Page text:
Increasing Exclusive Breastfeeding in East Tennessee: A Leadership Journey

2.50
Hdl Handle:
http://hdl.handle.net/10755/202051
Type:
Presentation
Title:
Increasing Exclusive Breastfeeding in East Tennessee: A Leadership Journey
Abstract:
(41st Biennial Convention) Successful breastfeeding may reduce hospital costs across the lifespan, increase patient satisfaction, improve community health and combat obesity.  In two rural hospitals in East Tennessee, the need for an ongoing, multidisciplinary approach to improve breastfeeding exclusivity rates during the hospital stay was identified.  This project was implemented as part of the Maternal-Child Health Leadership Academy, with assistance from an on-site mentor and expert faculty. Specific leadership skills that the author developed included communication with key stakeholders, facilitation of committees, curriculum development, mentoring of bedside caregivers, public speaking and team-building To assess baseline competency, an online learning module was completed by 85 team members. A 43 hour nationally-recognized Certified Lactation Counselor Course (CLC) for nursing staff was held on-site on March 14-18 and 9 nurses were awarded as CLC’s. The CLCs assisted in hands-on competency assessment for all bedside caregivers. A breastfeeding committee with key stakeholders including staff nurses, nursing administration, and new mothers, was formed in June 2010 to gain a variety of perspectives, with the overall goal to increase exclusive breastfeeding rates. Monthly lactation rounds for medical students and residents were developed to increase knowledge base and promotional skills. The educational content directly supported the nursing team’s education and reinforced efforts to promote exclusive breastfeeding. To monitor success, 2 data points were analyzed:  if the mother had breastfed exclusively during her hospital stay and timing of first breast feeding. An increase of 1.4% was noted on exclusive breastfeeding, but the timing of first feed fluctuated widely. In the future, spread of these initiatives throughout our multihospital system will support our mission to become the region’s premier provider of lactation services.  
Keywords:
leadership; exclusive breastfeeding
Repository Posting Date:
11-Jan-2012
Date of Publication:
4-Jan-2012
Sponsors:
Sigma Theta Tau International

Full metadata record

DC FieldValue Language
dc.typePresentationen_GB
dc.titleIncreasing Exclusive Breastfeeding in East Tennessee: A Leadership Journeyen_GB
dc.identifier.urihttp://hdl.handle.net/10755/202051-
dc.description.abstract(41st Biennial Convention) Successful breastfeeding may reduce hospital costs across the lifespan, increase patient satisfaction, improve community health and combat obesity.  In two rural hospitals in East Tennessee, the need for an ongoing, multidisciplinary approach to improve breastfeeding exclusivity rates during the hospital stay was identified.  This project was implemented as part of the Maternal-Child Health Leadership Academy, with assistance from an on-site mentor and expert faculty. Specific leadership skills that the author developed included communication with key stakeholders, facilitation of committees, curriculum development, mentoring of bedside caregivers, public speaking and team-building To assess baseline competency, an online learning module was completed by 85 team members. A 43 hour nationally-recognized Certified Lactation Counselor Course (CLC) for nursing staff was held on-site on March 14-18 and 9 nurses were awarded as CLC’s. The CLCs assisted in hands-on competency assessment for all bedside caregivers. A breastfeeding committee with key stakeholders including staff nurses, nursing administration, and new mothers, was formed in June 2010 to gain a variety of perspectives, with the overall goal to increase exclusive breastfeeding rates. Monthly lactation rounds for medical students and residents were developed to increase knowledge base and promotional skills. The educational content directly supported the nursing team’s education and reinforced efforts to promote exclusive breastfeeding. To monitor success, 2 data points were analyzed:  if the mother had breastfed exclusively during her hospital stay and timing of first breast feeding. An increase of 1.4% was noted on exclusive breastfeeding, but the timing of first feed fluctuated widely. In the future, spread of these initiatives throughout our multihospital system will support our mission to become the region’s premier provider of lactation services.  en_GB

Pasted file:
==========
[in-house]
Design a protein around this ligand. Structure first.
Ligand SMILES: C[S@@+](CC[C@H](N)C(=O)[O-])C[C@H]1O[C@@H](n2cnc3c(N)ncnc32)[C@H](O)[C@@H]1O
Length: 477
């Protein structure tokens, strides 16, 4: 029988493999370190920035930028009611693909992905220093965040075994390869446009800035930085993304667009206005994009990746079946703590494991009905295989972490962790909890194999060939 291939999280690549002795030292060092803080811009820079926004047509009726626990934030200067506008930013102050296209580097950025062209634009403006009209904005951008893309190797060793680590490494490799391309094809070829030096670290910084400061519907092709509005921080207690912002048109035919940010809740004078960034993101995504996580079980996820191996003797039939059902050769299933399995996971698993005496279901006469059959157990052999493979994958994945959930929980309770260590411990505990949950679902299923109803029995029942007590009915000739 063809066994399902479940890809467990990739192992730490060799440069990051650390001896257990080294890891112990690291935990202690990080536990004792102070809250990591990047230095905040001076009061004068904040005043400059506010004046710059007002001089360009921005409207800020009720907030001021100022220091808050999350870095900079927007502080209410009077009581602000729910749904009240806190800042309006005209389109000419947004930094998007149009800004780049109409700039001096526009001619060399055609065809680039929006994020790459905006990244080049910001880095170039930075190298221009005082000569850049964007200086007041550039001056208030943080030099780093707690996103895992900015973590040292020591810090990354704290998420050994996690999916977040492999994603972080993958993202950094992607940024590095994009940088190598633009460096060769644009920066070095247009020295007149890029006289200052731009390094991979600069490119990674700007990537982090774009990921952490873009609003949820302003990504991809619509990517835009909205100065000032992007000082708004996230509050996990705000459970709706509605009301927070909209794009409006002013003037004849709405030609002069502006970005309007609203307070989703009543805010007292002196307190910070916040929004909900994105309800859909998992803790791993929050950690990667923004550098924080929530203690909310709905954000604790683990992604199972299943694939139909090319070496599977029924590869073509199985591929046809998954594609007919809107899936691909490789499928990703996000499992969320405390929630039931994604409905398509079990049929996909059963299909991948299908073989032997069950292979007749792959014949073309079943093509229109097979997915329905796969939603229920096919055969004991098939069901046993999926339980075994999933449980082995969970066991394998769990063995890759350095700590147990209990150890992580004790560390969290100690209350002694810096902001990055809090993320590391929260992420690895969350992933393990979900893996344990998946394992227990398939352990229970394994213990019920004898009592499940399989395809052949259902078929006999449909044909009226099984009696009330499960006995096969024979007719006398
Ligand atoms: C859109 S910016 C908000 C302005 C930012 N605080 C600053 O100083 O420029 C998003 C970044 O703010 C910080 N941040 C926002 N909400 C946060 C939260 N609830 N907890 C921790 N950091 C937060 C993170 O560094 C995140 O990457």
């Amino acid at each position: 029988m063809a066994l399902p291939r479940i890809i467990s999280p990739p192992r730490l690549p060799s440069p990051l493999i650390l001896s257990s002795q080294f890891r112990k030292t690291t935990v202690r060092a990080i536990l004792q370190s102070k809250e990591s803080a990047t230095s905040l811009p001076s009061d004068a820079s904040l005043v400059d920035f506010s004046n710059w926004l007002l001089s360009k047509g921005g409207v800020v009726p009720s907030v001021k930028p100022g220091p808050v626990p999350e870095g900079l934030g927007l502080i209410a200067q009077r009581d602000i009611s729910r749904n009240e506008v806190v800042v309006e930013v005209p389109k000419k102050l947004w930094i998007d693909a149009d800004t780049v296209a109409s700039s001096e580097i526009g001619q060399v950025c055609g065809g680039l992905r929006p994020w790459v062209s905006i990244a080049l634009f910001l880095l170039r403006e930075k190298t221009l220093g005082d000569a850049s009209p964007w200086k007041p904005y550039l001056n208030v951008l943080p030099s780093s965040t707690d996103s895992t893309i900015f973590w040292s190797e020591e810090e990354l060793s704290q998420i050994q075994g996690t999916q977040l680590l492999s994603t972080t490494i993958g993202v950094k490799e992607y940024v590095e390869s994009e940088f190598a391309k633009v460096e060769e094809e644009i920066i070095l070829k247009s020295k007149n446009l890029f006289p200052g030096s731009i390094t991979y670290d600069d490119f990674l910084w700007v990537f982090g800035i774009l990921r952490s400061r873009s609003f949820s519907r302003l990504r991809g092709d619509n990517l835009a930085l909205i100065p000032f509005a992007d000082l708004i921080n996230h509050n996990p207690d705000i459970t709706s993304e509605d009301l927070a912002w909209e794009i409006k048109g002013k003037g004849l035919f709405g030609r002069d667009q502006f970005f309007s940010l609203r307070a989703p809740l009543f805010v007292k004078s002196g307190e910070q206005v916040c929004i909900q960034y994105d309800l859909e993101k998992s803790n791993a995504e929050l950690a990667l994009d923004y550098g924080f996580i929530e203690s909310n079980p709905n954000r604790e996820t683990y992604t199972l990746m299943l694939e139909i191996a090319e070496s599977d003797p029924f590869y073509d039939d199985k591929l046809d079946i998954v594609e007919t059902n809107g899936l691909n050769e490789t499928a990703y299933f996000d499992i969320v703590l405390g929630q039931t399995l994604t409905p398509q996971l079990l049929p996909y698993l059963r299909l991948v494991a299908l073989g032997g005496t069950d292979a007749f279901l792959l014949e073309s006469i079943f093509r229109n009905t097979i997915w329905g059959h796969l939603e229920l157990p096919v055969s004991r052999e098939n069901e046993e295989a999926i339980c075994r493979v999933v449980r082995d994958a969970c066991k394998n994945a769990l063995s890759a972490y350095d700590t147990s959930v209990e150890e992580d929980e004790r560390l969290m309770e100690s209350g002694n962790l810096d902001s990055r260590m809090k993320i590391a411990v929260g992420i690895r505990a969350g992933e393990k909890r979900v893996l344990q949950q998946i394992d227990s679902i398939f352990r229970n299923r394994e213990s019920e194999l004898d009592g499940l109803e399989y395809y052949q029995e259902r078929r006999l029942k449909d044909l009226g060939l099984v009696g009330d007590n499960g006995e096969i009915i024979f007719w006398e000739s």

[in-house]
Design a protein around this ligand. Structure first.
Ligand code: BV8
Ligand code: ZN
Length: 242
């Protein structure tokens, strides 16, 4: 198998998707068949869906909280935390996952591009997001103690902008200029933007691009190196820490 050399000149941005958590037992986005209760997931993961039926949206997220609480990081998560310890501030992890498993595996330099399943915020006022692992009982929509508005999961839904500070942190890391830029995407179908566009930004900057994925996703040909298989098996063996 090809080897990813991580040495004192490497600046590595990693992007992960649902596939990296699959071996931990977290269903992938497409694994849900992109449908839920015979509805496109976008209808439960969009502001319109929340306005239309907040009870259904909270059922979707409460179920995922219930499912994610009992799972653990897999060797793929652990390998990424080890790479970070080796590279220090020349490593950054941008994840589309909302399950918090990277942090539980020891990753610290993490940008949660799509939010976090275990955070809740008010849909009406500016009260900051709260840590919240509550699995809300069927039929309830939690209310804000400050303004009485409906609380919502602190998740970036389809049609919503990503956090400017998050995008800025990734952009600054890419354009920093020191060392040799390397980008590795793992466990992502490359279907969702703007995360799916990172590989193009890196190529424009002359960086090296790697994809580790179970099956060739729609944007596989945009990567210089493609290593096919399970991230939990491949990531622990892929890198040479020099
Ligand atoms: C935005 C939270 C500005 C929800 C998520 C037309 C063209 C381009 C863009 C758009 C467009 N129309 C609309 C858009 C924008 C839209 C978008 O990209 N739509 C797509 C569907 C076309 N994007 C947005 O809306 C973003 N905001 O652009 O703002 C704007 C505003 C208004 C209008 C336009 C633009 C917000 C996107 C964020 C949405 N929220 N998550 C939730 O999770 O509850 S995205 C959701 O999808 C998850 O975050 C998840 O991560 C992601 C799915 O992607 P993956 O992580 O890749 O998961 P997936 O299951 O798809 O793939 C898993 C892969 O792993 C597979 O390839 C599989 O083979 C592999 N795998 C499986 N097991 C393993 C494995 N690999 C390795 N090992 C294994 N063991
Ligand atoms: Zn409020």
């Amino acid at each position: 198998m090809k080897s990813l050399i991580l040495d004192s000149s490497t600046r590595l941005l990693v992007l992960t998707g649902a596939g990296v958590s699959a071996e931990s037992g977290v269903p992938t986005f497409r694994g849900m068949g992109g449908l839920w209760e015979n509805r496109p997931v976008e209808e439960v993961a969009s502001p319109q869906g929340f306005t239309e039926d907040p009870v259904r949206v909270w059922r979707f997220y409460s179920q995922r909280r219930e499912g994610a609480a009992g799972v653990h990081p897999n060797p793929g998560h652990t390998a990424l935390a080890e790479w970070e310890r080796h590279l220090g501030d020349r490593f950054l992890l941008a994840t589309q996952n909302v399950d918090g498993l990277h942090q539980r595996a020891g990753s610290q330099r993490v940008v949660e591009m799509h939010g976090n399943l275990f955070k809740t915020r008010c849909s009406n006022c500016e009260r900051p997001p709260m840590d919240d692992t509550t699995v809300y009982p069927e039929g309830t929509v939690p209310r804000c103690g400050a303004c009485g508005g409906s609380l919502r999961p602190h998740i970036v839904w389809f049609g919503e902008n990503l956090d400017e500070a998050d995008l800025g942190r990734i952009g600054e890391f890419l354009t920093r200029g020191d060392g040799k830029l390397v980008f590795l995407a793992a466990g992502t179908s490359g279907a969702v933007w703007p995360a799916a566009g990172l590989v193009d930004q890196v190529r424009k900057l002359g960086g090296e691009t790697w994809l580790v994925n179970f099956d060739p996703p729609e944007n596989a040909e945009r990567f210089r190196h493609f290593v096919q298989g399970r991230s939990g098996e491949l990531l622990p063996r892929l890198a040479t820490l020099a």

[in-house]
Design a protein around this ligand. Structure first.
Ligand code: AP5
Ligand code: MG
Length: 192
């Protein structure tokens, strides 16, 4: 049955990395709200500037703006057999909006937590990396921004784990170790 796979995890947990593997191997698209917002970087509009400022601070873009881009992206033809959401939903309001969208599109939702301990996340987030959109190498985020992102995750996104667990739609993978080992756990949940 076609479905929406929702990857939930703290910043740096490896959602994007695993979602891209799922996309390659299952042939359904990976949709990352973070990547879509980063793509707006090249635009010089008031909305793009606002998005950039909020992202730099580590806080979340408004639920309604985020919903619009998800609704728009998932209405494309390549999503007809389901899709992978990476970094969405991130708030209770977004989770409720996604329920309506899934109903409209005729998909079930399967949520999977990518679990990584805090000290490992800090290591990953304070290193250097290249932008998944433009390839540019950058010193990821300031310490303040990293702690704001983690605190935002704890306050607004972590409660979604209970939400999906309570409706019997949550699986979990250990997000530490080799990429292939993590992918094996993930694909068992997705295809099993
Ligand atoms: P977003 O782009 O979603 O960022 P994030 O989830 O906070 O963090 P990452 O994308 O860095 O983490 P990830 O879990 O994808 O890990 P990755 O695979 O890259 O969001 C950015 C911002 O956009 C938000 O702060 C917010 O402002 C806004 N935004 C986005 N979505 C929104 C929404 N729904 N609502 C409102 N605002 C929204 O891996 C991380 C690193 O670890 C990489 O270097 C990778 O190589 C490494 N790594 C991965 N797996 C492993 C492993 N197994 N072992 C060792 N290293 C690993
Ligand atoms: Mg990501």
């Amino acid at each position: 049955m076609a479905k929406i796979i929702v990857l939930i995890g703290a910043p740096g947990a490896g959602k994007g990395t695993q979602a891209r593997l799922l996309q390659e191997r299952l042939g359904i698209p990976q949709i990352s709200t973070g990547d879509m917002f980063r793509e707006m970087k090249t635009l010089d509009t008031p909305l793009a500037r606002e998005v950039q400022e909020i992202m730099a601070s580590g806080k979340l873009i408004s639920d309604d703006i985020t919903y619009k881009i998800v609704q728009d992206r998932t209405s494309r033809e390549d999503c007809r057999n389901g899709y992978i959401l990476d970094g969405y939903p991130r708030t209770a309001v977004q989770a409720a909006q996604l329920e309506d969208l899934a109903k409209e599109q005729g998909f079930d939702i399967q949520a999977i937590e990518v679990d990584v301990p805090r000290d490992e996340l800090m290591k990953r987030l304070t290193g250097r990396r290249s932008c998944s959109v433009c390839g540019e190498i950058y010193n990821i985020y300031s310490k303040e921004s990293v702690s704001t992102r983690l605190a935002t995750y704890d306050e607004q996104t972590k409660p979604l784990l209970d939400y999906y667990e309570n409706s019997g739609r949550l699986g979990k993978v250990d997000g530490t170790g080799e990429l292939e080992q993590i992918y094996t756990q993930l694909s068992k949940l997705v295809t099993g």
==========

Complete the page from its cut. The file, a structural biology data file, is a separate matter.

dc.subjectleadershipen_GB
dc.subjectexclusive breastfeedingen_GB
dc.date.available2012-01-11T11:07:25Z-
dc.date.issued2012-01-04en_GB
dc.date.accessioned2012-01-11T11:07:25Z-
dc.description.sponsorshipSigma Theta Tau Internationalen_GB
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